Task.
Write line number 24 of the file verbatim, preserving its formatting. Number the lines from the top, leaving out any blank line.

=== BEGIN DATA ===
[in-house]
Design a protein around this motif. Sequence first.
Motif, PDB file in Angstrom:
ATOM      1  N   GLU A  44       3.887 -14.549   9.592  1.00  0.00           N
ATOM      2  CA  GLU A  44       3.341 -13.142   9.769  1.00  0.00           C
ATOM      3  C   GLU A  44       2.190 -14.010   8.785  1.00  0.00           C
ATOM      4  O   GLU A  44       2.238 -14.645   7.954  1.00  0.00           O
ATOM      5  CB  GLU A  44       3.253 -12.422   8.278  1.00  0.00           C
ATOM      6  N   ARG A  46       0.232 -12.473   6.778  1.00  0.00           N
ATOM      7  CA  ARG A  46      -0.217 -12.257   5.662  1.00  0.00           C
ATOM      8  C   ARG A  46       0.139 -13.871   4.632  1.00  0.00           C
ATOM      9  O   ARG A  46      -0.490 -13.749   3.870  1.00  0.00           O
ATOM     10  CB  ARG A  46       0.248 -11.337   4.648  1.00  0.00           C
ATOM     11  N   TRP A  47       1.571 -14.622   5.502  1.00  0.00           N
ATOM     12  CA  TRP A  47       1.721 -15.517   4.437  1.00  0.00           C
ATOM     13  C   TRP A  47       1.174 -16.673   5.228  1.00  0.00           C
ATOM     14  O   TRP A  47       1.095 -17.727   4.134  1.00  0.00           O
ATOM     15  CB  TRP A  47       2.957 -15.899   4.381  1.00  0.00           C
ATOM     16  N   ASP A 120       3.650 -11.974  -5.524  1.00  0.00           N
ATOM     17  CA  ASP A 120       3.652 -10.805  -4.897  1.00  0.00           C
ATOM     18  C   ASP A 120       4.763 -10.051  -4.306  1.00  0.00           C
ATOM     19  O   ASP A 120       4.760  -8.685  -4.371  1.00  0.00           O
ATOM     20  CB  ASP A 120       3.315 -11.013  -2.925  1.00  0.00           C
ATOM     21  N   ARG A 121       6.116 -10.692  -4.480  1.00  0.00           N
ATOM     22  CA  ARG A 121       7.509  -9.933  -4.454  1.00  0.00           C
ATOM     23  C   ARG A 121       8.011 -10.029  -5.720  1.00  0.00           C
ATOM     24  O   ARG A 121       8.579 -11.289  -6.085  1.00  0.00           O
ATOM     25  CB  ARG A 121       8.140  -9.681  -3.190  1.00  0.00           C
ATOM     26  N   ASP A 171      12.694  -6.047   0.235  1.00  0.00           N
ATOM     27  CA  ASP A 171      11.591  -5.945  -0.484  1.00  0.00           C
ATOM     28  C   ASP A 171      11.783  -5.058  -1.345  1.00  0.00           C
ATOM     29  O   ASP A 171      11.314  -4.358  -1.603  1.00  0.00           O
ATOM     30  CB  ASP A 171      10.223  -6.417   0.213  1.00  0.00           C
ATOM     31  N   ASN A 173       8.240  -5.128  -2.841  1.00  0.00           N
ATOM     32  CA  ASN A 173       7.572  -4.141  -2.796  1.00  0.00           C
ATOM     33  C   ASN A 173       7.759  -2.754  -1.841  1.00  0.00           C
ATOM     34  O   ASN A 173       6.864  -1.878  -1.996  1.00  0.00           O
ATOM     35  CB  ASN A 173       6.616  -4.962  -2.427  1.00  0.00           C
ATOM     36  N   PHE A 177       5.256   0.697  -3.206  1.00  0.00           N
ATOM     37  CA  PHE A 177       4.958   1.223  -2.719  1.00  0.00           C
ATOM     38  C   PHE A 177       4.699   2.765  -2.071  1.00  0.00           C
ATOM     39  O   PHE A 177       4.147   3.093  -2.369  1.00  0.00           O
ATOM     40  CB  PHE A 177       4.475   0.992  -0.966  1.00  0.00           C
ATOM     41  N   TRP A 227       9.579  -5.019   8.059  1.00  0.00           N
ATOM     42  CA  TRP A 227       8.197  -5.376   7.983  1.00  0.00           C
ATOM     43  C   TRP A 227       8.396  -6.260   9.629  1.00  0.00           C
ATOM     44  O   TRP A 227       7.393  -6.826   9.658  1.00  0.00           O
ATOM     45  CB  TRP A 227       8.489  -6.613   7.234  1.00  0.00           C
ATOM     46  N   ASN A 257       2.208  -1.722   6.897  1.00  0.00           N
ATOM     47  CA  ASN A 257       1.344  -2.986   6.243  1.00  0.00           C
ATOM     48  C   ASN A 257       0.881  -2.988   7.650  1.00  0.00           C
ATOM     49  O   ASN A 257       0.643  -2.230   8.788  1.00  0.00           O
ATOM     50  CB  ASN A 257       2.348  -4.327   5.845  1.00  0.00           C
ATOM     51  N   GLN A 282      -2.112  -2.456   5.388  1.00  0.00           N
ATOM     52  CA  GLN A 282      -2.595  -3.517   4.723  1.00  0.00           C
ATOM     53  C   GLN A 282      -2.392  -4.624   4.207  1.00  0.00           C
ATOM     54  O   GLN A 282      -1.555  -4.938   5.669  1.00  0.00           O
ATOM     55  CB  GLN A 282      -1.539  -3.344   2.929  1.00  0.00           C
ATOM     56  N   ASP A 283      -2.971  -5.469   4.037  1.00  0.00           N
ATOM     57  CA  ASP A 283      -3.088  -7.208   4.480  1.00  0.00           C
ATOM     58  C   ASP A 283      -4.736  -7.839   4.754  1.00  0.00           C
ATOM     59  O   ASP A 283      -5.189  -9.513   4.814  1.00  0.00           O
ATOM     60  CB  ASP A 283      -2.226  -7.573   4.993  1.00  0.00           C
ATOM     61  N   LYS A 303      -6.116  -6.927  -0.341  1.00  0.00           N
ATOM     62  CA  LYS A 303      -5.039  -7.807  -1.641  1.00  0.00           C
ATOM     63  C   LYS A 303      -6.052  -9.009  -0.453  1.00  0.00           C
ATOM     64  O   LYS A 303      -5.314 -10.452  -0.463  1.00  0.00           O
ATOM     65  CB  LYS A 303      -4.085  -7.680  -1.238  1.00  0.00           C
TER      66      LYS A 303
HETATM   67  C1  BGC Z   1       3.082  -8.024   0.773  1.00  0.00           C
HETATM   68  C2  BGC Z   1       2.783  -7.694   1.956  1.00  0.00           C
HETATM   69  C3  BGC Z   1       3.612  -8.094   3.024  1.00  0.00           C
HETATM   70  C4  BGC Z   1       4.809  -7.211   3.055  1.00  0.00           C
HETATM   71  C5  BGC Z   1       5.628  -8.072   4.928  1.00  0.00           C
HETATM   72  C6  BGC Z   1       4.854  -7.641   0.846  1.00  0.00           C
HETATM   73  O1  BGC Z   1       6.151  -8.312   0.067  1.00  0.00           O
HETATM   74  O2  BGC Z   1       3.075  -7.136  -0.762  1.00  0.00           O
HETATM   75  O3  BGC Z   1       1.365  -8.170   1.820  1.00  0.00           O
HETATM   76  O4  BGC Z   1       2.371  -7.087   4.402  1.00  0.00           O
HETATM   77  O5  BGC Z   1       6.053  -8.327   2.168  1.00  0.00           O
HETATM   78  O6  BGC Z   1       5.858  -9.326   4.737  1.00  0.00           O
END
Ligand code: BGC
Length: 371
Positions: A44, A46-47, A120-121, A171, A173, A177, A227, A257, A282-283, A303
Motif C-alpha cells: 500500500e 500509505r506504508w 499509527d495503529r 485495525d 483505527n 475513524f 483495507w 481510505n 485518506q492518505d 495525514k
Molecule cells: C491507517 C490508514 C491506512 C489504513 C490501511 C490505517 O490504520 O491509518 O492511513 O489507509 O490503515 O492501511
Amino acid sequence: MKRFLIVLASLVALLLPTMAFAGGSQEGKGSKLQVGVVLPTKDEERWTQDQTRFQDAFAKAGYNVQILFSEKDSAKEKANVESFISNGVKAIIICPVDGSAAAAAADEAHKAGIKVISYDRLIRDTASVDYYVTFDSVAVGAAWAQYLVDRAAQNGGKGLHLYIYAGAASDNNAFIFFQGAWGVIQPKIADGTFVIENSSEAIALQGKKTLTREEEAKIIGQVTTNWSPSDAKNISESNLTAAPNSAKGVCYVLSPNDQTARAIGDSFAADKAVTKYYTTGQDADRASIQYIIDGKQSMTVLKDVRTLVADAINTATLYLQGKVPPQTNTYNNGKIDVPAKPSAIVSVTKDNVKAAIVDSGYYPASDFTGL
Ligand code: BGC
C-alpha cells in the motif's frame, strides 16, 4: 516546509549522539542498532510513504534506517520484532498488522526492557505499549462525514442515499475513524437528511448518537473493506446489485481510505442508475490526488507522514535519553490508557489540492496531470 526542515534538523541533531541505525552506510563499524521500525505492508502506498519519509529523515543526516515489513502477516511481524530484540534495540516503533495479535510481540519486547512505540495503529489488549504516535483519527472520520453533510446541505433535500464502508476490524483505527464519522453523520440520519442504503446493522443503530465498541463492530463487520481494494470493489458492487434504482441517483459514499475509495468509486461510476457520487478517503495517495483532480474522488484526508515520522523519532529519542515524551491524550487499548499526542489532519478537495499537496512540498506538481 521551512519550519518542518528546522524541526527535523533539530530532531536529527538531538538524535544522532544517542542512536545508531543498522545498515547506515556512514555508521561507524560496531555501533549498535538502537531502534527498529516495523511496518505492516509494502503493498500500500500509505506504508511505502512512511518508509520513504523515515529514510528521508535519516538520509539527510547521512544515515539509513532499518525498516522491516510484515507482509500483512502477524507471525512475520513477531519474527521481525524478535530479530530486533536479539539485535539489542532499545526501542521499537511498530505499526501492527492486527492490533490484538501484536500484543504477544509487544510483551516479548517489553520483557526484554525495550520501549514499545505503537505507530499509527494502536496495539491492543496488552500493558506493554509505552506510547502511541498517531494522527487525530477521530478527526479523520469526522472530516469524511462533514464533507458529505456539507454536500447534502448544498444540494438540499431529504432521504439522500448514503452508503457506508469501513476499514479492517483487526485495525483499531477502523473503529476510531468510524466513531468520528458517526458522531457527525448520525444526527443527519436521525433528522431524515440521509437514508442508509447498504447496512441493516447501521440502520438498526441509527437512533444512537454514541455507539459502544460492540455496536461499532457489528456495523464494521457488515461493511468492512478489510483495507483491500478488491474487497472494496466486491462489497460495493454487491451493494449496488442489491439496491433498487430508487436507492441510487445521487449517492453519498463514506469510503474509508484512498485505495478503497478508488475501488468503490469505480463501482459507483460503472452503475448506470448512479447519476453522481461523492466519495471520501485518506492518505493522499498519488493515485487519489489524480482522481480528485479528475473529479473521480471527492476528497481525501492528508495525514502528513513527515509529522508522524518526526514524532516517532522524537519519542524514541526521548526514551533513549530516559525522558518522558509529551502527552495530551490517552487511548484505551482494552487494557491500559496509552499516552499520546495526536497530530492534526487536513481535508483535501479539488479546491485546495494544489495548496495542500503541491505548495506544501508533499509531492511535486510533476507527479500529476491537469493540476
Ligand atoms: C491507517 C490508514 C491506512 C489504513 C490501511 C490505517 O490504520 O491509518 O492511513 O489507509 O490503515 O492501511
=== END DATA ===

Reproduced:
ATOM     21  N   ARG A 121       6.116 -10.692  -4.480  1.00  0.00           N